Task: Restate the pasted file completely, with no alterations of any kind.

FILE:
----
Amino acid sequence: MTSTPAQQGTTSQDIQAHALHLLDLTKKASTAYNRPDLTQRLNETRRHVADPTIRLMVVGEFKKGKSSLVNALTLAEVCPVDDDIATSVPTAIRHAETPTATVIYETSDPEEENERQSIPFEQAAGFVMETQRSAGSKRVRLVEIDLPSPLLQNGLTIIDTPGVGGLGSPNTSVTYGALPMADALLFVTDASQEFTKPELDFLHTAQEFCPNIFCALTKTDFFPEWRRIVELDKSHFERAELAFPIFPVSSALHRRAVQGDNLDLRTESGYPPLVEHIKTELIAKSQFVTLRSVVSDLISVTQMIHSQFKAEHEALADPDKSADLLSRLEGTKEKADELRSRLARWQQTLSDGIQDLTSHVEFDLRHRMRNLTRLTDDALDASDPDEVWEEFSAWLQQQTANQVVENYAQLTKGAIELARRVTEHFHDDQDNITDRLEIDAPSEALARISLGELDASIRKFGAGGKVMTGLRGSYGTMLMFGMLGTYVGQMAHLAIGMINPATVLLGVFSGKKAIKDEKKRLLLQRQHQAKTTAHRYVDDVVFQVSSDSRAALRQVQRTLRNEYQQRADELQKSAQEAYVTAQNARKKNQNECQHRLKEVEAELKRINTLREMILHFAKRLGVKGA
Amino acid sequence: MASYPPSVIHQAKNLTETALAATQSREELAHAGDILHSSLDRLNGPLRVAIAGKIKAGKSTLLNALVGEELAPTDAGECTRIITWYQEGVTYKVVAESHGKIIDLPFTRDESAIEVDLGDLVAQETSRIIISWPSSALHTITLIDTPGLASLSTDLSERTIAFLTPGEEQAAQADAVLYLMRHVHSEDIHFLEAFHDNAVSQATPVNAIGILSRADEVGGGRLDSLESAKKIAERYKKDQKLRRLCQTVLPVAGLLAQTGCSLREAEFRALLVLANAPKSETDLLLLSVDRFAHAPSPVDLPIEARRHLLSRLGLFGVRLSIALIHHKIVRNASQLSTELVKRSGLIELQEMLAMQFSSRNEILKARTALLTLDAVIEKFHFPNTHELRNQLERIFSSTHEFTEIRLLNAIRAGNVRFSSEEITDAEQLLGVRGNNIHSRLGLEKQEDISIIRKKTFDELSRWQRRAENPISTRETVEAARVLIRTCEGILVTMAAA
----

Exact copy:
Amino acid sequence: MTSTPAQQGTTSQDIQAHALHLLDLTKKASTAYNRPDLTQRLNETRRHVADPTIRLMVVGEFKKGKSSLVNALTLAEVCPVDDDIATSVPTAIRHAETPTATVIYETSDPEEENERQSIPFEQAAGFVMETQRSAGSKRVRLVEIDLPSPLLQNGLTIIDTPGVGGLGSPNTSVTYGALPMADALLFVTDASQEFTKPELDFLHTAQEFCPNIFCALTKTDFFPEWRRIVELDKSHFERAELAFPIFPVSSALHRRAVQGDNLDLRTESGYPPLVEHIKTELIAKSQFVTLRSVVSDLISVTQMIHSQFKAEHEALADPDKSADLLSRLEGTKEKADELRSRLARWQQTLSDGIQDLTSHVEFDLRHRMRNLTRLTDDALDASDPDEVWEEFSAWLQQQTANQVVENYAQLTKGAIELARRVTEHFHDDQDNITDRLEIDAPSEALARISLGELDASIRKFGAGGKVMTGLRGSYGTMLMFGMLGTYVGQMAHLAIGMINPATVLLGVFSGKKAIKDEKKRLLLQRQHQAKTTAHRYVDDVVFQVSSDSRAALRQVQRTLRNEYQQRADELQKSAQEAYVTAQNARKKNQNECQHRLKEVEAELKRINTLREMILHFAKRLGVKGA
Amino acid sequence: MASYPPSVIHQAKNLTETALAATQSREELAHAGDILHSSLDRLNGPLRVAIAGKIKAGKSTLLNALVGEELAPTDAGECTRIITWYQEGVTYKVVAESHGKIIDLPFTRDESAIEVDLGDLVAQETSRIIISWPSSALHTITLIDTPGLASLSTDLSERTIAFLTPGEEQAAQADAVLYLMRHVHSEDIHFLEAFHDNAVSQATPVNAIGILSRADEVGGGRLDSLESAKKIAERYKKDQKLRRLCQTVLPVAGLLAQTGCSLREAEFRALLVLANAPKSETDLLLLSVDRFAHAPSPVDLPIEARRHLLSRLGLFGVRLSIALIHHKIVRNASQLSTELVKRSGLIELQEMLAMQFSSRNEILKARTALLTLDAVIEKFHFPNTHELRNQLERIFSSTHEFTEIRLLNAIRAGNVRFSSEEITDAEQLLGVRGNNIHSRLGLEKQEDISIIRKKTFDELSRWQRRAENPISTRETVEAARVLIRTCEGILVTMAAA